5 years ago, the word ‘ultra’ was regarded with the same negativity as it is now. People see violence on the news, particularly targeting these ultra groups abroad, and think to themselves that the word ‘Ultra’ is a loose term for fascism and violence. However, as with most things in life, there are often two sides to each story, and people will choose which side to see, and which side to ignore.
To look at the ultras scene blindly would be to see the violence and politics as a major problem, when realistically, it is only a problem at a very small percentage of ultra groups around the globe. To look at the scene positively and with an open mind, many people would discover that Ultra groups create noise, colour, passion, and have brought stadiums to life. This was, is, and always will be the aim of Ultras in the UK.
A glance around Europe and South America shows that such groups have been around for years, not only in the birthplace of the ultra fan, Italy, but now in the likes of France, Turkey, Spain, Holland, Brazil, Chile and Argentina. Tune into a game of Serie A or the Brazilian championship and we witness thousands of fans welded together in a colourful montage that has more resemblance of a festival, not a football match – a British football match that is! There hasn't been a sight like it in Britain since the shift to all-seater stadia.
"I believe it emanated from Channel 4's screening of Football Italia a few years ago," recalls Tom Hughes of the Jorvik Reds, York City's own all singing, atmosphere generating ultras. "Many people recount the scenes on the terraces as being far more interesting than the games themselves and far, far more eventful than the terraces here in England." The Jorvik Reds themselves were formed in 2004 after York City had lost their Football League status and attendances were suffering.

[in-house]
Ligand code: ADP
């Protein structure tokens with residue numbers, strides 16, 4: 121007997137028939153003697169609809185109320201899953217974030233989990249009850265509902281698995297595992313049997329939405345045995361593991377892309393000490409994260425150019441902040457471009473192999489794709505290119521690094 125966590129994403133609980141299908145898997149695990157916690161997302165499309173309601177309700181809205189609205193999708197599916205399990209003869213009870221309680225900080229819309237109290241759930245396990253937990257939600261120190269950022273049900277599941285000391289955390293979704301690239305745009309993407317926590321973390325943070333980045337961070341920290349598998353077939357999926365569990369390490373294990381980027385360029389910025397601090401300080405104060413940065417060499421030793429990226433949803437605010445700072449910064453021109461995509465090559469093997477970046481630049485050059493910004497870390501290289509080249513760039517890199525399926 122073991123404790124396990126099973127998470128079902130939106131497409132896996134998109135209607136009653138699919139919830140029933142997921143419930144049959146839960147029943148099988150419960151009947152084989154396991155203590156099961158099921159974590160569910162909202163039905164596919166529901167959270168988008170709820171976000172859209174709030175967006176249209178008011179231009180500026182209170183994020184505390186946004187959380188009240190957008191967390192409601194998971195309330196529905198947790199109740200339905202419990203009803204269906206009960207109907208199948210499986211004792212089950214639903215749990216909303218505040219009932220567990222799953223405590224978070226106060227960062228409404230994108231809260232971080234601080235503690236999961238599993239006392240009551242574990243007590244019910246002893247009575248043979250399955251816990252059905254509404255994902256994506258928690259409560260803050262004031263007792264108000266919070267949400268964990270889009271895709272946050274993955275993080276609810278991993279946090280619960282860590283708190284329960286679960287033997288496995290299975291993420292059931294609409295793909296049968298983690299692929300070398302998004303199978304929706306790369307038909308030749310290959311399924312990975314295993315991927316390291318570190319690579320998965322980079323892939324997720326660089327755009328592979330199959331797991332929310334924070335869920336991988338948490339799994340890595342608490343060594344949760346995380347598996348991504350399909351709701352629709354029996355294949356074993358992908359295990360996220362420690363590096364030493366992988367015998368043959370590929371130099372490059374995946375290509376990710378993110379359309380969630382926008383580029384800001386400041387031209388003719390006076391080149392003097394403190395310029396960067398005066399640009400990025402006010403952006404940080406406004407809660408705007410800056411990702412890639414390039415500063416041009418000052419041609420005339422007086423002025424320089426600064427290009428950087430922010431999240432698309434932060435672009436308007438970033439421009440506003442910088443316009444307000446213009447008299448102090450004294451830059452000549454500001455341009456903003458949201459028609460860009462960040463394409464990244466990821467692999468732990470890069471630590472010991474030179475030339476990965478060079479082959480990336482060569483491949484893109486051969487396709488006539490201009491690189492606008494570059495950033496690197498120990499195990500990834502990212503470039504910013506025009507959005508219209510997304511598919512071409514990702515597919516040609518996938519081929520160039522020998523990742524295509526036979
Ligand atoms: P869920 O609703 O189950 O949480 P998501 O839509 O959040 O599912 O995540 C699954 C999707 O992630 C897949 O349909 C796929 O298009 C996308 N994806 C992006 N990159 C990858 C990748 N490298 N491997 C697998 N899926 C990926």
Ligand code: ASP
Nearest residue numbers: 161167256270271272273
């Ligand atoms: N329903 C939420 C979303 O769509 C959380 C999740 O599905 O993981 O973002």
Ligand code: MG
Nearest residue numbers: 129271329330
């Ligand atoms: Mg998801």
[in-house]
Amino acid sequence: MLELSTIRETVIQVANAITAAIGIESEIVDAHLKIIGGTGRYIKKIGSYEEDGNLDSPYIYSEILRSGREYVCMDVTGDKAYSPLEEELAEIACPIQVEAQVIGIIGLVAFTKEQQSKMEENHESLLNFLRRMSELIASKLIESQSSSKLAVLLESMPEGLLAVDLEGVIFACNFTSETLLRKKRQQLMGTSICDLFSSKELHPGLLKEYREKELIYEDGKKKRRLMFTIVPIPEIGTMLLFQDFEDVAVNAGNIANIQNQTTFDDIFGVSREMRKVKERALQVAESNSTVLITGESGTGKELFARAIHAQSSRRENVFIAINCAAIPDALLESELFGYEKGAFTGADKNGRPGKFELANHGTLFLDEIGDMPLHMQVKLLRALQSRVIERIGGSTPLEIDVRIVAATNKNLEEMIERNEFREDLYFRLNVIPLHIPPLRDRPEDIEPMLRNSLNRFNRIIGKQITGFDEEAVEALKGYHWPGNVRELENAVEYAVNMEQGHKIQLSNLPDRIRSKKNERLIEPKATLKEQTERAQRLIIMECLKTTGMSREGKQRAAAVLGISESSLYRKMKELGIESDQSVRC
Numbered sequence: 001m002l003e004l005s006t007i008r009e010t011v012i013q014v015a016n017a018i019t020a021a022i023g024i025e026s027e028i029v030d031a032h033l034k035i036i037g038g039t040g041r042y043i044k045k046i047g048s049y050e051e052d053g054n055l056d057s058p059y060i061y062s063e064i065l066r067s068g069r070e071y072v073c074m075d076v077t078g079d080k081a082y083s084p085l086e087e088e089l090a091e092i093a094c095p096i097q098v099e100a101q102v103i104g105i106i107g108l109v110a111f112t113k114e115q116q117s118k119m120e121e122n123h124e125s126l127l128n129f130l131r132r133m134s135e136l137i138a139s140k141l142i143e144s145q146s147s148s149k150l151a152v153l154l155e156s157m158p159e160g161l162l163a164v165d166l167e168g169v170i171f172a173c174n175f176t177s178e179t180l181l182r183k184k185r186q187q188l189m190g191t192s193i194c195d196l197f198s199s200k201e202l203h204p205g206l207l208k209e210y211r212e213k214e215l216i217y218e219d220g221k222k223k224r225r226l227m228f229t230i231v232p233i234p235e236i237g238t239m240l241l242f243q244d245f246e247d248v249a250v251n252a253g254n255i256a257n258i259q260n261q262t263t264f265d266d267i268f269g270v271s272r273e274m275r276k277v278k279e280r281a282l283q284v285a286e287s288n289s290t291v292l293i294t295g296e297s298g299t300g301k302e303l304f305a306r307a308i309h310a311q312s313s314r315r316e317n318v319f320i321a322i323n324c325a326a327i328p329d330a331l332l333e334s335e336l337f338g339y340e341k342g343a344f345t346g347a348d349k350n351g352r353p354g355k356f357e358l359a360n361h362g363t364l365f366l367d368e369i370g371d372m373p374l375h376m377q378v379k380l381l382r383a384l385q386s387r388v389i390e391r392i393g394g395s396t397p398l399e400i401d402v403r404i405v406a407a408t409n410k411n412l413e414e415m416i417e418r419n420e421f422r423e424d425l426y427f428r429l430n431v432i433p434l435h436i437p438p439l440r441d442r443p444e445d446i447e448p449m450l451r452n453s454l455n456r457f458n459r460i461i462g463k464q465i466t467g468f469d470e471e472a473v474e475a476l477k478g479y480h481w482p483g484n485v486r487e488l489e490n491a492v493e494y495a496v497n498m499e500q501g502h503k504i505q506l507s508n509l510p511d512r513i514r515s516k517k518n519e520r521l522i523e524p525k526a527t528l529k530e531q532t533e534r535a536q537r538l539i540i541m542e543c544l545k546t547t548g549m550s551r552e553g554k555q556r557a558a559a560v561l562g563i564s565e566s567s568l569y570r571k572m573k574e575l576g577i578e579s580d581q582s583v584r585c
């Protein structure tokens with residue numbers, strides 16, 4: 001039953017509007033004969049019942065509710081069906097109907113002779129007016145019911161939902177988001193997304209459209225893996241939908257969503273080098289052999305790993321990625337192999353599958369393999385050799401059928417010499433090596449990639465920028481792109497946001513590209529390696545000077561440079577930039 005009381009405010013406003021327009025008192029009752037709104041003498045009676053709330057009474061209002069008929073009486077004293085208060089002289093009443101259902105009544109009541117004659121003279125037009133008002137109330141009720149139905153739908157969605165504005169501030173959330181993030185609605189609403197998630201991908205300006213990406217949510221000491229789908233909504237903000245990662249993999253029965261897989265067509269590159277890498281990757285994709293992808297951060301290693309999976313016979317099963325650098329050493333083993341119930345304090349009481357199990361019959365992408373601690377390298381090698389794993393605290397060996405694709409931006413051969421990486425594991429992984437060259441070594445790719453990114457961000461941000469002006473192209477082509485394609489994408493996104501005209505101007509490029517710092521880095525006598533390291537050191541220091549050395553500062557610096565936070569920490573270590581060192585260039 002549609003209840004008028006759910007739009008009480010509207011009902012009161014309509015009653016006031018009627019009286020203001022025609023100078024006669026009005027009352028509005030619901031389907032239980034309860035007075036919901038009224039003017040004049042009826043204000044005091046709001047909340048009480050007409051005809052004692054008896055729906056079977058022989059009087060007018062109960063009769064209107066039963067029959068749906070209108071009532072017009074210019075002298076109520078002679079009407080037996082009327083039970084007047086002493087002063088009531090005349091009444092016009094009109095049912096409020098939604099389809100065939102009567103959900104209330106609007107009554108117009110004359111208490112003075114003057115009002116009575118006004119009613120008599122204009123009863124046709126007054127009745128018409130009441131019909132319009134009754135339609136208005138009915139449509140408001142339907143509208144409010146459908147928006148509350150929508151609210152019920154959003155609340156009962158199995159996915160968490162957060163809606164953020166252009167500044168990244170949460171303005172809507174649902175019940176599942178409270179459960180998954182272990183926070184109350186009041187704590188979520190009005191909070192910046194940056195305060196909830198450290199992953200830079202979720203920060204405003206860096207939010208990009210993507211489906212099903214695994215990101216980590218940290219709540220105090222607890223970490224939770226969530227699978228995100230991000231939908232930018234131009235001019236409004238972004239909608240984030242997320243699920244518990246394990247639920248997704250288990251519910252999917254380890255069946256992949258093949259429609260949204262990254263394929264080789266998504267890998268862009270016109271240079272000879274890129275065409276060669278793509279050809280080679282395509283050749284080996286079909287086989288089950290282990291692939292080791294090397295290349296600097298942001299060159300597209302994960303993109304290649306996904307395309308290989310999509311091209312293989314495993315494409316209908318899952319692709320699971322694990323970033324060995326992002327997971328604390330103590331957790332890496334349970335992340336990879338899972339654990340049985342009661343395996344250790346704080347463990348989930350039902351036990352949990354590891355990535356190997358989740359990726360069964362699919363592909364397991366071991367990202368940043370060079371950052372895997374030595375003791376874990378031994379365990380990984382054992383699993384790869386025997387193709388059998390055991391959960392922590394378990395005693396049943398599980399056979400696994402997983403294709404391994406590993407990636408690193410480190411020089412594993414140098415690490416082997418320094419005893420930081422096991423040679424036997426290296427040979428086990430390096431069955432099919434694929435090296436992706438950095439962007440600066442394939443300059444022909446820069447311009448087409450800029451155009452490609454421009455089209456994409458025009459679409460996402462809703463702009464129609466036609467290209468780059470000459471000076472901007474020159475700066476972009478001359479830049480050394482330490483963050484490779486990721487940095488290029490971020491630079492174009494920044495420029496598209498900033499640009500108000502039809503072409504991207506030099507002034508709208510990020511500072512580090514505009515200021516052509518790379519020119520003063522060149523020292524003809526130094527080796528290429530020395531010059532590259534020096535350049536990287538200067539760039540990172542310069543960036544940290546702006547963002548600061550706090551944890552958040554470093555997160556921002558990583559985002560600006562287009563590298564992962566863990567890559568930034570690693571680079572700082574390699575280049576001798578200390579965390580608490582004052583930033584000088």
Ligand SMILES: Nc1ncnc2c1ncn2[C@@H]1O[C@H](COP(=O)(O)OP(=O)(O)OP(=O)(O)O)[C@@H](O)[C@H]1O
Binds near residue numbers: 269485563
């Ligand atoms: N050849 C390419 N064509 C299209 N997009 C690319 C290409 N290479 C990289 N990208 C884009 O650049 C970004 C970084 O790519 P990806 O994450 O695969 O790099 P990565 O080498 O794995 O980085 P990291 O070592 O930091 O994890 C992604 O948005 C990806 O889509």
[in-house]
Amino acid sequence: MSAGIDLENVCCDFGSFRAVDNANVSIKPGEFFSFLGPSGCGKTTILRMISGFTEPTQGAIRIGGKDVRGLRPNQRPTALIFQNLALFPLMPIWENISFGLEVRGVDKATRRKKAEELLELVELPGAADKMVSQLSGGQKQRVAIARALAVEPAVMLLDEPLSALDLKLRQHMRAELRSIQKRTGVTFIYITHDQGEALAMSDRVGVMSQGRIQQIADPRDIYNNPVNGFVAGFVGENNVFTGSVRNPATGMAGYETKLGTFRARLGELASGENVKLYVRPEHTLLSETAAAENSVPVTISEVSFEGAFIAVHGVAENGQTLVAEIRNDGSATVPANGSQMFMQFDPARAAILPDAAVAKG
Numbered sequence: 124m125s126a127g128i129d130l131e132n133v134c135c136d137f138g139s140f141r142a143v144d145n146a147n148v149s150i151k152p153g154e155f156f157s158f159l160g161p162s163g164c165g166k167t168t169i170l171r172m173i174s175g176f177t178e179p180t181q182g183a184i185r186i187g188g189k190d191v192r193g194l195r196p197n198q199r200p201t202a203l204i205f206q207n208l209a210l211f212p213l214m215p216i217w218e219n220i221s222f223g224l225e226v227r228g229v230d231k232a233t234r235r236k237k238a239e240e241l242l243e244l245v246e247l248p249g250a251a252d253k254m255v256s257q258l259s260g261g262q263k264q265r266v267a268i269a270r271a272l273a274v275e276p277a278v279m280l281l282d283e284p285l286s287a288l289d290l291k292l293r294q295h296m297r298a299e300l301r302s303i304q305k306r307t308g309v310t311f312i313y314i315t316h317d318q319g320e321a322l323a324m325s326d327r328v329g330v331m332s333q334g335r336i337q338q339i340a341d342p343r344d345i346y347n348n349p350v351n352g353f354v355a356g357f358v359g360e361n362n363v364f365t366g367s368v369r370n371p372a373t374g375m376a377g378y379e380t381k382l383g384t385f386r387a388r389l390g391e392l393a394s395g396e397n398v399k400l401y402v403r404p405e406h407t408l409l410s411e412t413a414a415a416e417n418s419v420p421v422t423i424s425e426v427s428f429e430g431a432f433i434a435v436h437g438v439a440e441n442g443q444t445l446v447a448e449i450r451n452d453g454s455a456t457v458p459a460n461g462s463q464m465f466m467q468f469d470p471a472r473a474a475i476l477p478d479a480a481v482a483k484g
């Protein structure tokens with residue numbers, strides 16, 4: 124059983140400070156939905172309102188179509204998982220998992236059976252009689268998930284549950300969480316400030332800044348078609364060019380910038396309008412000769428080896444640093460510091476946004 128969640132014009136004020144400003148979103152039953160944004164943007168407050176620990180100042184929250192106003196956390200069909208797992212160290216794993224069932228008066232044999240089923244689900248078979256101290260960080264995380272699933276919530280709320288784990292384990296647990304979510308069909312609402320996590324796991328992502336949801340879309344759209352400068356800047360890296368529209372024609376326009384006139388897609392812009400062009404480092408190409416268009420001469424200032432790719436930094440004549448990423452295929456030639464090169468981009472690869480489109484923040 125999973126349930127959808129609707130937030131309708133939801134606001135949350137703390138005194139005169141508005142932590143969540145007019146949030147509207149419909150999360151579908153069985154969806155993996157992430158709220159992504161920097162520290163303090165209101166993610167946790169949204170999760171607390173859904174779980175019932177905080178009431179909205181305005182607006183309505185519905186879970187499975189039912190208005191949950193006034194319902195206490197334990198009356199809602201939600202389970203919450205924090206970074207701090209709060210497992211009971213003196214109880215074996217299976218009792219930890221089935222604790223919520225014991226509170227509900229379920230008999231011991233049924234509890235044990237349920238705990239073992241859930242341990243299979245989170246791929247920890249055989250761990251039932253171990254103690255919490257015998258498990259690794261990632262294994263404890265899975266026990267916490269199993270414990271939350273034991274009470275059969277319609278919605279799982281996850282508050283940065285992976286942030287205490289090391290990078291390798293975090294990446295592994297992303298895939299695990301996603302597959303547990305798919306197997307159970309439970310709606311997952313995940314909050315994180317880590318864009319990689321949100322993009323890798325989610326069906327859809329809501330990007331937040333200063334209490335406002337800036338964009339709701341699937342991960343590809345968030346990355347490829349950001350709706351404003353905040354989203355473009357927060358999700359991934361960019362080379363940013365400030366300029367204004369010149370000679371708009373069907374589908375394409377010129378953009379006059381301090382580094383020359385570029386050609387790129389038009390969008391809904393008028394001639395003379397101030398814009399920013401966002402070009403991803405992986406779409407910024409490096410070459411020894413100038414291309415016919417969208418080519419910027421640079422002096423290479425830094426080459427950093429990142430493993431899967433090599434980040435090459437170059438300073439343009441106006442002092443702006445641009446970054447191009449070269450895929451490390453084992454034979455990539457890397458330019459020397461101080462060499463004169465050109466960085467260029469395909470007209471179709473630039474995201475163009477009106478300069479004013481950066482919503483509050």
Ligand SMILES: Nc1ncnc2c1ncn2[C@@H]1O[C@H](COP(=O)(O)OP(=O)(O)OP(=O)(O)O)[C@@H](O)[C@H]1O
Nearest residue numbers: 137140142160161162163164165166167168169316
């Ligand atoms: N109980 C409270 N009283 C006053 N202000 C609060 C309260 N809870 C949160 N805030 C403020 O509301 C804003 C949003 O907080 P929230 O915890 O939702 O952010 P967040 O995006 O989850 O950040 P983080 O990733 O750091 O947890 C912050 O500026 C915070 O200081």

In an effort to boost the fading atmosphere the group organised flag days, in which fans were encouraged to bring handheld flags to games, and confetti and streamers, all in an effort to improve the atmosphere. Yet despite their success their relationship with the club is far from healthy. "We are often looked upon by them as being a pest," complains Hughes. "We paid for a new piece of apparatus to help maintain the club’s training ground to show our loyalty to the club. The response to this gift was less than enthusiastic."
The Jorvik Reds story is a common one, UK ultras struggling to form strong ties with their clubs. The mere mention of the word is often enough to put off clubs. The term itself is Latin and translated means radical, but today is usually defined as extreme or even violent. This coupled with a history entwined with hooliganism, politics and violence has made the label ultra one to fear.
The recent death of Lazio fan Gabriele Sandri and the subsequent violence around Italy was yet another chapter in the history of football hooliganism. Ultras may or may not have been responsible; however such is the link between them and hooliganism that in the world media it really didn't matter. "There will always be those who liken us to fascist hooligans," Hughes believes. "We have recently had an ultras banner banned by our own club because of this interpretation. It is not a great concern to us that we are likened to hooligans; it merely represents a general lack of understanding about a culture that is relatively new in this country." UK ultras are hoping to re-define the term to something that still means a passionate more than ordinary supporter but does not incorporate the violence traditionally associated with them.